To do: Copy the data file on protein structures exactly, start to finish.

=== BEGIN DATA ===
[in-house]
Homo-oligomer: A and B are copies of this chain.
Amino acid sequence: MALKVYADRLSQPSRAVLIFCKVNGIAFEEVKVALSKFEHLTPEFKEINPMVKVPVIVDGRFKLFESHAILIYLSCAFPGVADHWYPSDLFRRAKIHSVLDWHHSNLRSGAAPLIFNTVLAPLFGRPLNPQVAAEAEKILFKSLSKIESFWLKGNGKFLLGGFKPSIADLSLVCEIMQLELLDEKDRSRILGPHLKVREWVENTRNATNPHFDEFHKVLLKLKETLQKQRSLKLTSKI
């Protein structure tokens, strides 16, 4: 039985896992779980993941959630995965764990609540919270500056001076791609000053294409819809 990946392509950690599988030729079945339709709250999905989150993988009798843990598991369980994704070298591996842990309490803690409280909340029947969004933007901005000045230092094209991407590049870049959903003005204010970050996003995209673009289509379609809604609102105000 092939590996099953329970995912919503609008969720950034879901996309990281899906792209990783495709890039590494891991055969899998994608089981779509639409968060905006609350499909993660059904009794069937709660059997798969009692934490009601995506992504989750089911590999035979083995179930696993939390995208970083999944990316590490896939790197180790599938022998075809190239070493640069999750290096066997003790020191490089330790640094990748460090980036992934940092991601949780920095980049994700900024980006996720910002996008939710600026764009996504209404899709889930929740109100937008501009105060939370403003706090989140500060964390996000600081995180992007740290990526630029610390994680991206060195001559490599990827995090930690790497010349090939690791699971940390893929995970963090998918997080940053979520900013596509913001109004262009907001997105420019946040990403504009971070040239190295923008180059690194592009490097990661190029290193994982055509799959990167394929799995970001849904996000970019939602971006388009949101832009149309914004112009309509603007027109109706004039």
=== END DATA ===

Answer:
[in-house]
Homo-oligomer: A and B are copies of this chain.
Amino acid sequence: MALKVYADRLSQPSRAVLIFCKVNGIAFEEVKVALSKFEHLTPEFKEINPMVKVPVIVDGRFKLFESHAILIYLSCAFPGVADHWYPSDLFRRAKIHSVLDWHHSNLRSGAAPLIFNTVLAPLFGRPLNPQVAAEAEKILFKSLSKIESFWLKGNGKFLLGGFKPSIADLSLVCEIMQLELLDEKDRSRILGPHLKVREWVENTRNATNPHFDEFHKVLLKLKETLQKQRSLKLTSKI
């Protein structure tokens, strides 16, 4: 039985896992779980993941959630995965764990609540919270500056001076791609000053294409819809 990946392509950690599988030729079945339709709250999905989150993988009798843990598991369980994704070298591996842990309490803690409280909340029947969004933007901005000045230092094209991407590049870049959903003005204010970050996003995209673009289509379609809604609102105000 092939590996099953329970995912919503609008969720950034879901996309990281899906792209990783495709890039590494891991055969899998994608089981779509639409968060905006609350499909993660059904009794069937709660059997798969009692934490009601995506992504989750089911590999035979083995179930696993939390995208970083999944990316590490896939790197180790599938022998075809190239070493640069999750290096066997003790020191490089330790640094990748460090980036992934940092991601949780920095980049994700900024980006996720910002996008939710600026764009996504209404899709889930929740109100937008501009105060939370403003706090989140500060964390996000600081995180992007740290990526630029610390994680991206060195001559490599990827995090930690790497010349090939690791699971940390893929995970963090998918997080940053979520900013596509913001109004262009907001997105420019946040990403504009971070040239190295923008180059690194592009490097990661190029290193994982055509799959990167394929799995970001849904996000970019939602971006388009949101832009149309914004112009309509603007027109109706004039």